just give me a hug ::::
My friend and after-college-roommate Rebecca and I embarked on an adventure across the country and Atlantic waters in December 1994, first visiting my sabbatical rooted family in Oxford, England, then touring for 20 days. Neither of us had been Ireland and we quickly planned our trip on train and ferry to get there. The ferry from Holyhead, Wales to Dun Laoghaire, Ireland doesn’t run anymore. At that time, it was an inexpensive route across the Irish Sea, something two recent college grads could afford. It was a late night ferry, so we tried to settle in for a somewhat restful night. We exchanged a few words with a young drunk man, trying limit any engagement. The most memorable anecdote from him was his exclamation that he knew were didn’t look local because “Holyhead girls don’t wear boots!” Rebecca wore some simple comfortable boots on the trip, now apparently marking us as outsiders.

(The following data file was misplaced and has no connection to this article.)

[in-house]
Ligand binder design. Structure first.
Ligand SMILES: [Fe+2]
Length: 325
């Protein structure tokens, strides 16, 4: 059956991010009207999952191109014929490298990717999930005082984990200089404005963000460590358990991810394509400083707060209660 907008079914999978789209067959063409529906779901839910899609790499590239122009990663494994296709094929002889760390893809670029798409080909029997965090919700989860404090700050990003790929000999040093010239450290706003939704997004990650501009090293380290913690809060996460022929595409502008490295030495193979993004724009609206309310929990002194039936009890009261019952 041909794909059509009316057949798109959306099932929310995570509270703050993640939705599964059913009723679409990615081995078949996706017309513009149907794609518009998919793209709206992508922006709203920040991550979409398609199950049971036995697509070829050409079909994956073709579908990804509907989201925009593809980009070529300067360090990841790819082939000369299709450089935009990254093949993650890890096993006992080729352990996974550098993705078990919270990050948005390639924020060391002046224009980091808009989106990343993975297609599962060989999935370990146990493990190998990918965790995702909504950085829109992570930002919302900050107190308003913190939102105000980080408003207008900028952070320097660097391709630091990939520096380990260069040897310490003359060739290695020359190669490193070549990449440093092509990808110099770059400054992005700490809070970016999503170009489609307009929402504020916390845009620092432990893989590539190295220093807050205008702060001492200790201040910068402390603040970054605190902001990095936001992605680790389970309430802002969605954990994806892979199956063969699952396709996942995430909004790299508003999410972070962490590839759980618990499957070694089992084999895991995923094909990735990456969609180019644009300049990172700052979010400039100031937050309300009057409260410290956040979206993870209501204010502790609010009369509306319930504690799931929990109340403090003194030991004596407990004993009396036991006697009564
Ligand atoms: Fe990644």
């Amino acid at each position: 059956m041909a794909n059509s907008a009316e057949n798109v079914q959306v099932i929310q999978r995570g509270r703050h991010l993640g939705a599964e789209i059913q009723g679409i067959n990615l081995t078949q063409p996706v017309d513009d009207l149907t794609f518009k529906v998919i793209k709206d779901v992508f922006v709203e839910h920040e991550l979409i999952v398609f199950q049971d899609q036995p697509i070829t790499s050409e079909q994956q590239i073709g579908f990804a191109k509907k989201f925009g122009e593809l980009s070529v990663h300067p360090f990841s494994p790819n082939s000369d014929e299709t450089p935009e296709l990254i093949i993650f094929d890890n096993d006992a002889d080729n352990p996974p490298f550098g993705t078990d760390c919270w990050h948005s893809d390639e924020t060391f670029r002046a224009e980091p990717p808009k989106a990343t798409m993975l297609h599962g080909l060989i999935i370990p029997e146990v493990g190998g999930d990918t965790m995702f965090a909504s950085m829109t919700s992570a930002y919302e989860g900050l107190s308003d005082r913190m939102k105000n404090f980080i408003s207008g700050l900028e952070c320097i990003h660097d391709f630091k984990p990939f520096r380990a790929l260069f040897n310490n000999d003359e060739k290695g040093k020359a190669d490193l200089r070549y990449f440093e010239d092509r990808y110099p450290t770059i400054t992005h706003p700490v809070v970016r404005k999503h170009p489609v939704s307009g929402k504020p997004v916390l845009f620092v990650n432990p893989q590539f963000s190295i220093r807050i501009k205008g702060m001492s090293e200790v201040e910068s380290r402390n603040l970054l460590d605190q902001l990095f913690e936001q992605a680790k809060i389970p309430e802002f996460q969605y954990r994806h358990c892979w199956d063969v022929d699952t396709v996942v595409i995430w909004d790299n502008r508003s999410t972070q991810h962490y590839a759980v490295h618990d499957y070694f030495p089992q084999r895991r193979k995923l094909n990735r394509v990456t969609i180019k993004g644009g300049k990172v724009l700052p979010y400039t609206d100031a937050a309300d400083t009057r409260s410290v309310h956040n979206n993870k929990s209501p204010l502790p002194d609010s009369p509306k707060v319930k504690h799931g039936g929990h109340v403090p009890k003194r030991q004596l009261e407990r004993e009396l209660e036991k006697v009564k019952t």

The drunk man wandered off, finally giving up on our disinterest and we attempted some lucid sleep before disembarking. It was cold. So cold. We spent that morning, before dawn and when any banks or shops were open, walking around Dublin trying to stay warm. We were without Irish money and had to wait for the bank to open for exchange. Many hostels did not except American credit cards. We had no choice but to wander around looking for a place that accepted credit cards or until the banks opened. Many hostels wanted a passport as collateral but we could not leave that behind and go to a bank as the bank also needed proof of identification in a passport to exchange money.